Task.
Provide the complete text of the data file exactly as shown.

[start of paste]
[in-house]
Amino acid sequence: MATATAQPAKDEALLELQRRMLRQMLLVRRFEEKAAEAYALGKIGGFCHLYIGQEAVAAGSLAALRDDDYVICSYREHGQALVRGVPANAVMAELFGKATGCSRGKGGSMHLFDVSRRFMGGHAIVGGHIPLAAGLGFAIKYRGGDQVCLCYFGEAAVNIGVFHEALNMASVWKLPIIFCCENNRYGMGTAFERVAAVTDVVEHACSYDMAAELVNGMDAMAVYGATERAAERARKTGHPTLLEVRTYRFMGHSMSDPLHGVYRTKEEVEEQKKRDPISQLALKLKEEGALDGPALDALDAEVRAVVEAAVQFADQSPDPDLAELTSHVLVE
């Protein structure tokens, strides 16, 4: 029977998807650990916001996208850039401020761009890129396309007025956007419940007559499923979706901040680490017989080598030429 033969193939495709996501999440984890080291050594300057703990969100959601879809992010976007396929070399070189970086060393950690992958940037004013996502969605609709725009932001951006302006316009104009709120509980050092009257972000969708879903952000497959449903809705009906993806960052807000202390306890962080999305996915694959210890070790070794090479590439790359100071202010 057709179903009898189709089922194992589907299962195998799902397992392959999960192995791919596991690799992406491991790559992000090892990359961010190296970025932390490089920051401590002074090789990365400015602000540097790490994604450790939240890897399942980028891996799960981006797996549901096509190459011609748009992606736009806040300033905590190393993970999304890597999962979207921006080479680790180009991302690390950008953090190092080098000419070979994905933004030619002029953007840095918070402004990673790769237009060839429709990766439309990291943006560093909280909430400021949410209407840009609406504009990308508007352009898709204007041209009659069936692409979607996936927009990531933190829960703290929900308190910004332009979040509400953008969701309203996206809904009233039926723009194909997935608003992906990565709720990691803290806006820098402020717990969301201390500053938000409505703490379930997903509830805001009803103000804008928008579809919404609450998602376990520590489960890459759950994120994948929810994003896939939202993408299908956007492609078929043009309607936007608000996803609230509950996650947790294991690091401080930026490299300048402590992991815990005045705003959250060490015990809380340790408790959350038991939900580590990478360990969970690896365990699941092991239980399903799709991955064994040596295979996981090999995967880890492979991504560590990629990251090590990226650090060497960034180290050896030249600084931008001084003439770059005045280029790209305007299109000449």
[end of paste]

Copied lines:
[in-house]
Amino acid sequence: MATATAQPAKDEALLELQRRMLRQMLLVRRFEEKAAEAYALGKIGGFCHLYIGQEAVAAGSLAALRDDDYVICSYREHGQALVRGVPANAVMAELFGKATGCSRGKGGSMHLFDVSRRFMGGHAIVGGHIPLAAGLGFAIKYRGGDQVCLCYFGEAAVNIGVFHEALNMASVWKLPIIFCCENNRYGMGTAFERVAAVTDVVEHACSYDMAAELVNGMDAMAVYGATERAAERARKTGHPTLLEVRTYRFMGHSMSDPLHGVYRTKEEVEEQKKRDPISQLALKLKEEGALDGPALDALDAEVRAVVEAAVQFADQSPDPDLAELTSHVLVE
């Protein structure tokens, strides 16, 4: 029977998807650990916001996208850039401020761009890129396309007025956007419940007559499923979706901040680490017989080598030429 033969193939495709996501999440984890080291050594300057703990969100959601879809992010976007396929070399070189970086060393950690992958940037004013996502969605609709725009932001951006302006316009104009709120509980050092009257972000969708879903952000497959449903809705009906993806960052807000202390306890962080999305996915694959210890070790070794090479590439790359100071202010 057709179903009898189709089922194992589907299962195998799902397992392959999960192995791919596991690799992406491991790559992000090892990359961010190296970025932390490089920051401590002074090789990365400015602000540097790490994604450790939240890897399942980028891996799960981006797996549901096509190459011609748009992606736009806040300033905590190393993970999304890597999962979207921006080479680790180009991302690390950008953090190092080098000419070979994905933004030619002029953007840095918070402004990673790769237009060839429709990766439309990291943006560093909280909430400021949410209407840009609406504009990308508007352009898709204007041209009659069936692409979607996936927009990531933190829960703290929900308190910004332009979040509400953008969701309203996206809904009233039926723009194909997935608003992906990565709720990691803290806006820098402020717990969301201390500053938000409505703490379930997903509830805001009803103000804008928008579809919404609450998602376990520590489960890459759950994120994948929810994003896939939202993408299908956007492609078929043009309607936007608000996803609230509950996650947790294991690091401080930026490299300048402590992991815990005045705003959250060490015990809380340790408790959350038991939900580590990478360990969970690896365990699941092991239980399903799709991955064994040596295979996981090999995967880890492979991504560590990629990251090590990226650090060497960034180290050896030249600084931008001084003439770059005045280029790209305007299109000449």